No need to level shift because both devices operate at 3.3V, but that 50K pull resistor inside Pi (also any external pull resistor you might have added) will impact the minimum and maximum voltage levels in such a way that Pi won't be able to determine if the signal is high or low reliably (and hence you can't get the serial replies). So removing your external pull-down and disabling the Pi internal pull-down should solve.

    Thanks. I am not adding anything to the serial connections. so pi txrx pins go straight to DHB ones. Ill try to debug using your suggestions.
  • "Also check the type of serial you are using- make sure your serial init/config settings in Pi are for an idle-high scheme (not idle-low)."
    What do you mean here? I'm trying to find this in pySerial documentation. Or is this some config on pi itself. Could you link to something about this?
  • Some uC's allow you a choice of inverted or non-inverted serial. If pyserial docs don't give you a choice, then you'll likely be idling high by default.

    Anyway... I suspect the internal Pi io resistor is the real issue. I'd focus on that first.
  • Solved:
    - I'm stupid (and also wtf is this) DHB10 by default uses single pin for serial (omg wtf bbq) so sending a TXPIN CH2 before attempting to read, seems to have fixed the coms issue.

    Still pending the issue why DHB stops working and starts flashing its LEDs.
  • That's good news you solved.

    I can try to explain about the serial thing you mentioned...

    The bi-directional single pin serial provides compatibility with many other Parallax products, including the Activity Board which is included with the Arlo robot (and for which the DHB10 was originally created). You will see the 3-pin headers top-right on the Activity board, so it's really easy to connect things together.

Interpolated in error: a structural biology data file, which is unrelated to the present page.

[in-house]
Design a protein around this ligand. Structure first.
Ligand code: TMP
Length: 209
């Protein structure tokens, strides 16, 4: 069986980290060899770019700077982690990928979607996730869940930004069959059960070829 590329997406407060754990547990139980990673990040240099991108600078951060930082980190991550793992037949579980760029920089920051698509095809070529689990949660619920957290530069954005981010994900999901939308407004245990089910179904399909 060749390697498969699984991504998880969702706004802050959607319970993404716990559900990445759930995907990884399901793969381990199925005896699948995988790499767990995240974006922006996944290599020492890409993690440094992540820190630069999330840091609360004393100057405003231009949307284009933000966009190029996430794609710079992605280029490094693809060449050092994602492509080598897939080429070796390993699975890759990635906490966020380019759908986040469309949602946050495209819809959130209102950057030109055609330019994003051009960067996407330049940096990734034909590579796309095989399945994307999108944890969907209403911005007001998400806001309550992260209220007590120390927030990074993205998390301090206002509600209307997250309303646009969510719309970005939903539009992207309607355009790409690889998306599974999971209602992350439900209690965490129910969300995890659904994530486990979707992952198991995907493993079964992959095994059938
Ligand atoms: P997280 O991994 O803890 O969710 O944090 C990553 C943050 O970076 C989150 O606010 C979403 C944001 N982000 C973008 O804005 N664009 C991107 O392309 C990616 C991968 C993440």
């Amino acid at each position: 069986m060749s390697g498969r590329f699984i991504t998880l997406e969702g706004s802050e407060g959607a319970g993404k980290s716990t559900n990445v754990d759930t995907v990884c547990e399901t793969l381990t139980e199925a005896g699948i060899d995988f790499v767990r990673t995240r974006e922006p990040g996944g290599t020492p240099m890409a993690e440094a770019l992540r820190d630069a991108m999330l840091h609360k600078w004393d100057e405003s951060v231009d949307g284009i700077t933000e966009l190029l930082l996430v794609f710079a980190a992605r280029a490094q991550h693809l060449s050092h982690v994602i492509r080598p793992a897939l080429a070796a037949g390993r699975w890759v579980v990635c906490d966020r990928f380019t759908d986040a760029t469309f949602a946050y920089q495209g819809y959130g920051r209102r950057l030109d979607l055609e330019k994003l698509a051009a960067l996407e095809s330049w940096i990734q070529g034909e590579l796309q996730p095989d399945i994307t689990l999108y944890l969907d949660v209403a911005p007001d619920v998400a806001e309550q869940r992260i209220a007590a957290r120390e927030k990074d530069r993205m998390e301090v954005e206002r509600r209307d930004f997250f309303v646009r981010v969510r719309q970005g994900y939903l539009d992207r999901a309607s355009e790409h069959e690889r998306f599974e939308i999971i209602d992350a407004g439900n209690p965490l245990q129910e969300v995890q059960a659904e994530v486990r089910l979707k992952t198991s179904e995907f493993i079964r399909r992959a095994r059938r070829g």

Parallax has long used this 3-way cable standard for interfacing, often referred to as "servo" headers or "servo" cable. They are typically marked B R W (Black Red White) after the cable colors which are used, and these electrically represent GND Vdd Signal.

    It has been a very simple and successful standard AFAIK- especially in Education. Parallax carries a range of cable sizes, and bulk kit options- here's one example: https://www.parallax.com/product/800-00060


    With regard the DHB10, like many other Parallax sensors & boards, it can be controlled via PWM or Serial commands, all over the same single bi-directional 3-way cable.

    I'd be surprised if you can't interface to other uC's (such as your Pi) using single pin serial- you should give it a go! Handy way to save an I/O pin too!


    ref. the LED flashing... is there anything in the user-guide which could help you decode what the LED message means? Maybe those fault LEDs flash at different rates or patterns to indicate what the issue is?

  • JuliussssssJuliussssss Posts: 12
    edited August 17 Vote Up0Vote Down